Despite the pledge by President Muhammadu Buhari that Nigeria will achieve its net-zero target by 2060 at the 26th session of the Conference of Parties (COP26) to the United Nations Framework Convention on Climate Change (UNFCCC) held in November 2021 in Glasgow, it is obvious that there is still a lot to be done to march his words with action.
The International Climate Change Development Initiative (ICCDI) Africa believes that the starting point to realise this goal is to sensitise the public on the concept of net-zero and their role in its actualisation.
As part of its own effort to lead this process and bridge the knowledge gap, the group on Thursday, July 21, 2022, in Abuja, brought various stakeholders drawing from the energy, waste management, agriculture, media, as well as climate finance sectors together to brainstorm and develop a communication strategy that will help priorities what the nation needs to do to attain this aspiration.
It was an engaging and interesting exercise as the organisers reviewed the outcome of the first edition of the Net-zero Series that was conducted via webinar to provoke the minds of the participants and help them coin their messages in a manner that depicts the country’s pathway.
Presentations were made on the different components of net-zero including the responsibility of the media to communicate its idea. The Climate Change Act, Energy Transition Plan (ETP), and the Nationally Determined Contributions (NDCs) were also examined to draw attention to their nexus with net-zero objectives.
Most grassroots campaigners believe that net-zero is not the most pressing issue for local communities; instead, they feel that the focus should be channeled towards helping them adapt to the reality of the existing impact of climate change. They challenged the government to show the right political will by involving the state and local authorities in the implementation of the net-zero programme.
Achieving net-zero would require strong gas uptake across the economy, including 80% of cars being powered by compressed natural gas (CNG) and 50% of the population using liquefied petroleum gas (LPG) for cooking by 2050. Nigeria will need to have a wide range of energy resources at its disposal and invest more into hydrogen to meet up with its emissions reduction agenda. This is very important because of the need to balance the amount of greenhouse gases emission emitted all over the quantity removed to be able to fulfill her Paris Agreement on climate change.
Various social and economic groups need to be integrated into this plan and accelerate actions on the implementation of the act to accomplish this task.
The failure to implement the climate law, according to Olumide Idowu, Executive Director, ICCDI Africa, is a clear reflection of the government’s lack of commitment toward its net-zero promise.
The letdown arises from the fact that the law provides for the establishment of a Council to coordinate and oversee climate change activities in Nigeria. It also envisaged a five-year carbon budget and the approved amount of greenhouse gas emissions acceptable for a specific period.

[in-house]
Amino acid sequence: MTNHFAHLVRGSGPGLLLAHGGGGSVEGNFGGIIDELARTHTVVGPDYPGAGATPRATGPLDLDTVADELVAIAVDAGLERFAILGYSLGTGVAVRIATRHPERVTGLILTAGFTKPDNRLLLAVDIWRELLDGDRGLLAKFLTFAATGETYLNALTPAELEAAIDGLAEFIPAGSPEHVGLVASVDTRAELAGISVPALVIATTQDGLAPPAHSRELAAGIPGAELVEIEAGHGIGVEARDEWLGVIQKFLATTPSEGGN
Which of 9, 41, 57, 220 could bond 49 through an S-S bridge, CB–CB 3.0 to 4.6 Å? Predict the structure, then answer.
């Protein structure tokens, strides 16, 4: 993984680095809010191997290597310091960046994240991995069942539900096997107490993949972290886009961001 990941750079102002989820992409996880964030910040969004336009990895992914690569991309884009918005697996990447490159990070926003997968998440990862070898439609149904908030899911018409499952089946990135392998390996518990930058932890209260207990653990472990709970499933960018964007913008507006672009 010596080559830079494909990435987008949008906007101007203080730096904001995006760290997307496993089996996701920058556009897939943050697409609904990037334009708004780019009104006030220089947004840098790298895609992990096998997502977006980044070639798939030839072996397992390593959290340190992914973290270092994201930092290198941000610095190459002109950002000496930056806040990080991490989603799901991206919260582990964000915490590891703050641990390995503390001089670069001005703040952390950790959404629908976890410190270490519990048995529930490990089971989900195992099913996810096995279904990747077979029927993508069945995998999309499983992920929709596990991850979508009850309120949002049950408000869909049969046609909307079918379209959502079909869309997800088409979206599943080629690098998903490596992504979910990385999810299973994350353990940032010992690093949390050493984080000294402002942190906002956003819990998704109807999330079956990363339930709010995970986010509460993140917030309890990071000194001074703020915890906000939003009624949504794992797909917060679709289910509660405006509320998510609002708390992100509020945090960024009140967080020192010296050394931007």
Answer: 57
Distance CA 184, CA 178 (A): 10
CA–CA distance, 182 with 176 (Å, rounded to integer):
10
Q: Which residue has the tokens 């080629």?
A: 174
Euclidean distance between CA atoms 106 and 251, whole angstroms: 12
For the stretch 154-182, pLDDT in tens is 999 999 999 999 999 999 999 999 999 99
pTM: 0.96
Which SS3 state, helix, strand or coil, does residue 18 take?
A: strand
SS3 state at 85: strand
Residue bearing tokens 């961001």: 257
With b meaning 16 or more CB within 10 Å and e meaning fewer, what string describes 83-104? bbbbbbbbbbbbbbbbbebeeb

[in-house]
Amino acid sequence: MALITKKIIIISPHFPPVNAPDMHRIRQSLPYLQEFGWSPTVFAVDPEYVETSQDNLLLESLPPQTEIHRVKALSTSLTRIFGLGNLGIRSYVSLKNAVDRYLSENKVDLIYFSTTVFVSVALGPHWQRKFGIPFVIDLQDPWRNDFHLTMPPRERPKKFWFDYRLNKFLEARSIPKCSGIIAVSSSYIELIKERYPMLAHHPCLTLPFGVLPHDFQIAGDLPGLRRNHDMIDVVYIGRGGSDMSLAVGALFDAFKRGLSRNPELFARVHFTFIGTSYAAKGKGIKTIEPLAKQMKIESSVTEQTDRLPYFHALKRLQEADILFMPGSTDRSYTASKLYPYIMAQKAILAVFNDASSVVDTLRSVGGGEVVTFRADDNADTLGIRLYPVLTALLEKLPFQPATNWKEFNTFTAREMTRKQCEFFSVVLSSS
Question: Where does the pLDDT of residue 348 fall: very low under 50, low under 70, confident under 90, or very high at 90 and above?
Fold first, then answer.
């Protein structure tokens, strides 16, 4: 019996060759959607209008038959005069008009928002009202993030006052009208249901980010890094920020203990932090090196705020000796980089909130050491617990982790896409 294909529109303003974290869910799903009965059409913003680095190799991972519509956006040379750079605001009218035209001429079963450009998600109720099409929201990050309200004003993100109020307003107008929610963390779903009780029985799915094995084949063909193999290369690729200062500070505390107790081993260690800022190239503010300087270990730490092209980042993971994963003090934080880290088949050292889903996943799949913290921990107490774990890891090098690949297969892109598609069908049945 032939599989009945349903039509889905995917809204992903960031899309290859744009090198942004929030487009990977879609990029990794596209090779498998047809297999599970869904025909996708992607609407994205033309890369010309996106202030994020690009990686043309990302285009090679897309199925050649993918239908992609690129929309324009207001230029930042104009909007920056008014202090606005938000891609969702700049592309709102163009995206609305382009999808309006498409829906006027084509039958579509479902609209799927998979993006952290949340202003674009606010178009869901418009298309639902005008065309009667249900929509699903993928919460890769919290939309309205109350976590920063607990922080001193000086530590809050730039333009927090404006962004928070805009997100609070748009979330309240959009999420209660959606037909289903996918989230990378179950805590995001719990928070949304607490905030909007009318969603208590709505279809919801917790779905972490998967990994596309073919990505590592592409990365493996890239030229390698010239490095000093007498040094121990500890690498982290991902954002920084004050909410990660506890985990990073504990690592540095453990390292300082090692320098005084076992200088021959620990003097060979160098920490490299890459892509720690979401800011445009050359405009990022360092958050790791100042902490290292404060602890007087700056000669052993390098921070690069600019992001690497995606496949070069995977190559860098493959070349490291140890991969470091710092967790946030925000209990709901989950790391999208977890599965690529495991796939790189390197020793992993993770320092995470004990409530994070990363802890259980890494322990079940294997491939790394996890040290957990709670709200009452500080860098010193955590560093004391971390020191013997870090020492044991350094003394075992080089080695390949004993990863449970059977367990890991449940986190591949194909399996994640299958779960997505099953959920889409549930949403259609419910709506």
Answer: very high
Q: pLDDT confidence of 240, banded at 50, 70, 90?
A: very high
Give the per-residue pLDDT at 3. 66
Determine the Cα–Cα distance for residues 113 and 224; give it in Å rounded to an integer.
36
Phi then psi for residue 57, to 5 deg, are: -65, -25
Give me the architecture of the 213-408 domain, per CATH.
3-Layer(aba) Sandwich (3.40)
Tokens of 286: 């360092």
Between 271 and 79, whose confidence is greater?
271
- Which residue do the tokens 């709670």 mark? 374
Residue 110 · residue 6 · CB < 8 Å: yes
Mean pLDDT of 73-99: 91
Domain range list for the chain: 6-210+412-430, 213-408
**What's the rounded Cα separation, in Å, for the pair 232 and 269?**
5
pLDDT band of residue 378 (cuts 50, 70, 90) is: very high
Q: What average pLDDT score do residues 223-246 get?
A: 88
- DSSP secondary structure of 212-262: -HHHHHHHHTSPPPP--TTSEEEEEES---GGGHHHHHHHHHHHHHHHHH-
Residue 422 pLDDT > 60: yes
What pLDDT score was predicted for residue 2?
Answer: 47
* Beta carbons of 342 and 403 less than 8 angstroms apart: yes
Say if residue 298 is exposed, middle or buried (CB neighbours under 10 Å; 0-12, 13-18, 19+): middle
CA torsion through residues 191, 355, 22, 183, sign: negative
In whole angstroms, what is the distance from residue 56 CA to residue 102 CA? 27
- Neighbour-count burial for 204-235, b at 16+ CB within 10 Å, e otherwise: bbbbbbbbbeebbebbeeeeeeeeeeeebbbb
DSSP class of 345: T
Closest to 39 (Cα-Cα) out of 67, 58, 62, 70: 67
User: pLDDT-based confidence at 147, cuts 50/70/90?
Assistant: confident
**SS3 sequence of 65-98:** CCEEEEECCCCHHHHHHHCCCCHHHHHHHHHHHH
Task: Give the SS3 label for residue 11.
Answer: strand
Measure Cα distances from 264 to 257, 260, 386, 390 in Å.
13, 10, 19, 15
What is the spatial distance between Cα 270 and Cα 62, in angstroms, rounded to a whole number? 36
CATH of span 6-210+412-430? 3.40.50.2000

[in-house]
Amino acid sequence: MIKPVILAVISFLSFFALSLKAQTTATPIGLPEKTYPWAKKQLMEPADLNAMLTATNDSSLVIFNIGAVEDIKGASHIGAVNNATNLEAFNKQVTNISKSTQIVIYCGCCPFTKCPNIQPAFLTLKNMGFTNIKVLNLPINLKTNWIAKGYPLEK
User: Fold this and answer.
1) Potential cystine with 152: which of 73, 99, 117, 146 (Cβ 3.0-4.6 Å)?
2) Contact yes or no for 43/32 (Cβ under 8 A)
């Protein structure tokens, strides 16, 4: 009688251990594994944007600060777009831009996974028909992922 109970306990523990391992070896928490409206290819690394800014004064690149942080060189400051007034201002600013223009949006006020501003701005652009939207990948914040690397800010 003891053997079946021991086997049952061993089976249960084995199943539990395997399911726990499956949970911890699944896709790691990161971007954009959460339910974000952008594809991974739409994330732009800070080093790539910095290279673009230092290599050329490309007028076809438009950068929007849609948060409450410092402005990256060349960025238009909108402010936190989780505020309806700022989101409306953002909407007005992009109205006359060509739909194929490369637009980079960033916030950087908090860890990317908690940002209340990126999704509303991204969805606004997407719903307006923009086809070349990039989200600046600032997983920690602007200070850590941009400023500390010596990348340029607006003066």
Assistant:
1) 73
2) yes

Professor Chukwumerije Okereke, the Director, Centre for Climate Change and Development (CCCD) at the Alex Ekwueme Federal University, Ebonyi State, said that collapse is Nigeria’s real problem and not the concept of net-zero.
The act, he highlighted, is supposed to help Nigeria adopt a national strategy on green growth as a foundation to think more imaginatively in positioning its investment properly. It is also expected to kick-start sectoral actions that will foster the net-zero ambition.
One thing is clear; the Legislature has done its job by ensuring that the Climate Change Bill is now signed into law. However, it’s like there are attempts to allow some kind of embarrassment or a very poor image of the country because if a law is enacted with set timelines and it is not being implemented, then people are most likely not to take such a law seriously, which is not a good impression for Nigeria.
As a matter of fact, the enactment of that law especially when it was endorsed by President Muhammadu Buhari, the accolade that poured in locally and internationally cannot be pushed aside. The nation received those accolades and must reciprocate back by demonstrating that it is truly committed to what it has enacted as an act.
“That is the reason why some of us have taken the extra steps to write to the executive through the Minister of Justice, Secretary to the Government of the Federation (SGF), and also the Vice President because we all were working at the same level when this act was enacted,” says Sam Onuigbo, the man who sponsored the bill that has now become the climate change law.
Nigeria needs to bring on board those with the required knowledge to implement this piece of legislation, which is the reason why all hands must be on deck to ensure that it is delivered so that the nation is not viewed as being very flippant.
COP27 is coming up later in November, what is Nigeria going to report there?
Stakeholders must wake up to their responsibilities and demonstrate capacity through their initiatives, and not just answering big names without commensurate contributions towards realising the very essence of occupying such positions.
In conclusion, the legislature has done its own part, so the other one is with the executive to do to eliminate the prospects of Nigeria being looked upon as a very unserious nation.
By Etta Michael Bisong, Abuja